20 Investments: Common Stock
AAA
  1. 20 Investments: Introduction
  2. 20 Investments: American Depository Receipt (ADR)
  3. 20 Investments: Annuity
  4. 20 Investments: Closed-End Investment Fund
  5. 20 Investments: Collectibles
  6. 20 Investments: Common Stock
  7. 20 Investments: Convertible Security
  8. 20 Investments: Corporate Bond
  9. 20 Investments: Futures Contract
  10. 20 Investments: Life Insurance
  11. 20 Investments: The Money Market
  12. 20 Investments: Mortgage-Backed Securities
  13. 20 Investments: Municipal Bonds
  14. 20 Investments: Mutual Funds
  15. 20 Investments: Options (Stocks)
  16. 20 Investments: Preferred Stock
  17. 20 Investments: Real Estate & Property
  18. 20 Investments: Real Estate Investment Trusts (REITs)
  19. 20 Investments: Treasuries
  20. 20 Investments: Unit Investment Trusts (UITs)
  21. 20 Investments: Zero-Coupon Securities
  22. 20 Investments: Conclusion

20 Investments: Common Stock

What Is It?
Stock is sometimes referred to as shares, securities or equity. Simply put, common stock is ownership in part of a company. For every stock you own in a company, you own a small piece of the office furniture, company cars, and even that lunch the boss paid for with the company credit card. More importantly, you are entitled to a portion of the company's profits and any voting rights attached to the stock. With some companies, the profits are typically paid out in dividends. The more shares you own, the larger the portion of the company (and profits) you own.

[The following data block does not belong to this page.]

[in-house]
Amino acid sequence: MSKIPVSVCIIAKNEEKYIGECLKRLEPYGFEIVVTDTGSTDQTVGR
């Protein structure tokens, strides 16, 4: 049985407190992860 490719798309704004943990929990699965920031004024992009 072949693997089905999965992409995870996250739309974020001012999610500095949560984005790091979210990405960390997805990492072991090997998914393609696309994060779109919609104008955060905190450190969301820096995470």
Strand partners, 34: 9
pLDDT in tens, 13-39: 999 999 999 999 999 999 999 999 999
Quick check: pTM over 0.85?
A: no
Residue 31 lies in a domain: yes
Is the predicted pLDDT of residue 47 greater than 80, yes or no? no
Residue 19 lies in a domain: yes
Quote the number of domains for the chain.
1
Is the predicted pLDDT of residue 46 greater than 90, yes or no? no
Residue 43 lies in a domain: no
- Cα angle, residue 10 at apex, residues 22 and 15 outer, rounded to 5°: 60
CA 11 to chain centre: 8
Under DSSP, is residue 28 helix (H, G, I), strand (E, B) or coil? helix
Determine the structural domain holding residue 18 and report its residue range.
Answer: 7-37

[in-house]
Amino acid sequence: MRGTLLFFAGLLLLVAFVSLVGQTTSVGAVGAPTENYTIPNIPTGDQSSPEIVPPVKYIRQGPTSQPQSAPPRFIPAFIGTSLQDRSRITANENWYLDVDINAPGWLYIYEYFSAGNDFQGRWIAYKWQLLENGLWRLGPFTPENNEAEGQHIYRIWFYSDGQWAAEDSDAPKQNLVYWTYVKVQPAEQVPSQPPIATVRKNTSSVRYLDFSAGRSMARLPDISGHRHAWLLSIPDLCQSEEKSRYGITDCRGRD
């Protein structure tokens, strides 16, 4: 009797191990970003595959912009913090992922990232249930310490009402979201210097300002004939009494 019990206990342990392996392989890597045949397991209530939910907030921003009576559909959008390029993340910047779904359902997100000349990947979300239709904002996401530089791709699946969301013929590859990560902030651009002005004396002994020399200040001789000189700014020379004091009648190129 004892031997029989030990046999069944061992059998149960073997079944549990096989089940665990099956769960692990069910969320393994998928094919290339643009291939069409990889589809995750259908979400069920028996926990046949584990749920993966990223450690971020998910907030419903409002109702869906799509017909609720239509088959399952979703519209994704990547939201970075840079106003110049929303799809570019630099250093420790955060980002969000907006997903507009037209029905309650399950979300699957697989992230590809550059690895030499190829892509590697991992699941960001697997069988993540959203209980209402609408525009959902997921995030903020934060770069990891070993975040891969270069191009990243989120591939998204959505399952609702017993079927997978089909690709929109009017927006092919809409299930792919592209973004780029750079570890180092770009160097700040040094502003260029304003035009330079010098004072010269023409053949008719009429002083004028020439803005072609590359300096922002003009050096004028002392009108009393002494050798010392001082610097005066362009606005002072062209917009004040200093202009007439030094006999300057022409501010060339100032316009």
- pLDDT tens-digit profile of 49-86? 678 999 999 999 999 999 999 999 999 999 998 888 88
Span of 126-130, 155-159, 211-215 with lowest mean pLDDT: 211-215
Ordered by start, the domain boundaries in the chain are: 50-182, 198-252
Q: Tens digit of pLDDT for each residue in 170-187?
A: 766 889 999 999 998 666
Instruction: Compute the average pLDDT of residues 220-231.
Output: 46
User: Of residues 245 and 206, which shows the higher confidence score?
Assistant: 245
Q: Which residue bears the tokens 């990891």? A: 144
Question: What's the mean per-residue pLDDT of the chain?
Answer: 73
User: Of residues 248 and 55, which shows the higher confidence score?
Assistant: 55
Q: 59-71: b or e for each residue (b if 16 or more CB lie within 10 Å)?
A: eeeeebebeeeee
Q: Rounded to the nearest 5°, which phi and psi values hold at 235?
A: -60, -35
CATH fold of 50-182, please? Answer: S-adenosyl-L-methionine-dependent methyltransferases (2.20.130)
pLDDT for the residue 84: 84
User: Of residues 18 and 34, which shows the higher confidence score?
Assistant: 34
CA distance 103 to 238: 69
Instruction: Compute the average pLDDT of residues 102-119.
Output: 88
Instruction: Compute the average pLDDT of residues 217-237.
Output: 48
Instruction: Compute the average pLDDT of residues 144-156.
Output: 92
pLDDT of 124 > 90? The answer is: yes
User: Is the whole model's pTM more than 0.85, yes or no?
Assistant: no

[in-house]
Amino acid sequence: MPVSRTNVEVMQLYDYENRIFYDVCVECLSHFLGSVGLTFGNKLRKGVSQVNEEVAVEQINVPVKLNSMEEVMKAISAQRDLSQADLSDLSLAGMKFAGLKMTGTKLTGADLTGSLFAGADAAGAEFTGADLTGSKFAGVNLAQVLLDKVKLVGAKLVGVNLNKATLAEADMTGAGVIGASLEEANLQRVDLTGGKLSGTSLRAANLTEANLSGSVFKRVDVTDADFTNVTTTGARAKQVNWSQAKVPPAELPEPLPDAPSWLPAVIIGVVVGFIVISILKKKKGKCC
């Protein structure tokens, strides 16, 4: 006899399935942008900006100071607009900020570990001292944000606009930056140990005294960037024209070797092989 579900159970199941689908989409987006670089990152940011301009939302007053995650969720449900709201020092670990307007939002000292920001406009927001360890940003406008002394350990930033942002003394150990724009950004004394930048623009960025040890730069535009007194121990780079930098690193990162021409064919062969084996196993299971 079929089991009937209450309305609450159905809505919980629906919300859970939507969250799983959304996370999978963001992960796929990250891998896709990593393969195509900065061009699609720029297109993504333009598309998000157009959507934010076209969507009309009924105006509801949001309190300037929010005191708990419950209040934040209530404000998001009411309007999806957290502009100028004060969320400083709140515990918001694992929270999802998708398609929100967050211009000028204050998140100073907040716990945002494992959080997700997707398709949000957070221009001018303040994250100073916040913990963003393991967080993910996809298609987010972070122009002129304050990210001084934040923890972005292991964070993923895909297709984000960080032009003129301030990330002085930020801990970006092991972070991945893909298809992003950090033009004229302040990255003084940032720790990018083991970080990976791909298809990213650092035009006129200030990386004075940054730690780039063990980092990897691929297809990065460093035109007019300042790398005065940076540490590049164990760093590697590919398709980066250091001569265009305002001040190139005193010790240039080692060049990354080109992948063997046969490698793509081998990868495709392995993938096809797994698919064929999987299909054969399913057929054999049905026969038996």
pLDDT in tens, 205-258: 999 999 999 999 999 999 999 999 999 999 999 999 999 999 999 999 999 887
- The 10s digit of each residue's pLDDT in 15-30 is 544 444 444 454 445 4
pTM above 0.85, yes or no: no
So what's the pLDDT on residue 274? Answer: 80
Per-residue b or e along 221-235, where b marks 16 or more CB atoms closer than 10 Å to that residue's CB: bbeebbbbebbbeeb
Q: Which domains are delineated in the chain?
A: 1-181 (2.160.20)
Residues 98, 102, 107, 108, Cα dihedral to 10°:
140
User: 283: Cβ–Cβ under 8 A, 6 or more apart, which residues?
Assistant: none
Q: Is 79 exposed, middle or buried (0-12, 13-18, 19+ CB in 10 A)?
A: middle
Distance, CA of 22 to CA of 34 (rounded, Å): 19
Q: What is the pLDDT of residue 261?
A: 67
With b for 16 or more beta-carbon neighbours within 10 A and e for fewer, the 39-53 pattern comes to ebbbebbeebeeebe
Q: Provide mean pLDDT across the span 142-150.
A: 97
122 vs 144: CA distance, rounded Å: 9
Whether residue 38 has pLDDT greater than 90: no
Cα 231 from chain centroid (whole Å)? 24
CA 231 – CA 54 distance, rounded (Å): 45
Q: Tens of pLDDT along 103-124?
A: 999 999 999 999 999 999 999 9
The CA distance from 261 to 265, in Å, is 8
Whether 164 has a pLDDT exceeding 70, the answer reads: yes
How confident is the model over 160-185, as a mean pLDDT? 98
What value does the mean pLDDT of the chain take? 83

Common stock is just that, "common". The majority of stocks trading today are in this form. Common stock represents ownership in a company and a portion of profits (dividends). Investors also have voting rights (one vote per share) to elect the board members who oversee the major decisions made by management. In the long term, common stock, by means of capital growth, yield higher rewards than other forms of investment securities. This higher return comes at a cost, as common stock entails the most risk. Should a company go bankrupt and liquidate, the common shareholders will not receive money until the creditors, bondholders and preferred shareholders are paid. (To learn more about stocks, see our Stock Basics Tutorial.)

Objectives and Risks
Over the long term, no investment provides better returns at a reasonable risk than common stock. History dictates that common stocks average 11-12% per year and outperform just about every other type of security including bonds and preferred shares. Stocks provide potential for capital appreciation and income and offer protection against moderate inflation.

The risks associated with stocks can vary widely, and they usually depend on the company. Purchasing stock in a well-established and profitable company means there is much less risk you'll lose your investment, whereas purchasing a penny stock increases your risks substantially. If you use margin, you can also dramatically increase your leverage in a stock, but this is only recommended for experienced investors.

How to Buy or Sell It

The most common method for buying stocks is to use a brokerage, either full service or discount. There is no minimum investment for most stocks (other than the price per share), but many brokerages require clients to have at least $500 to open an account. Dividend reinvestment plans (Drips) and direct investment plans (DIPs) are two ways individual companies allow shareholders to purchase stock directly from them for a minimal cost. DRIPs are also a great way to invest money at regular intervals.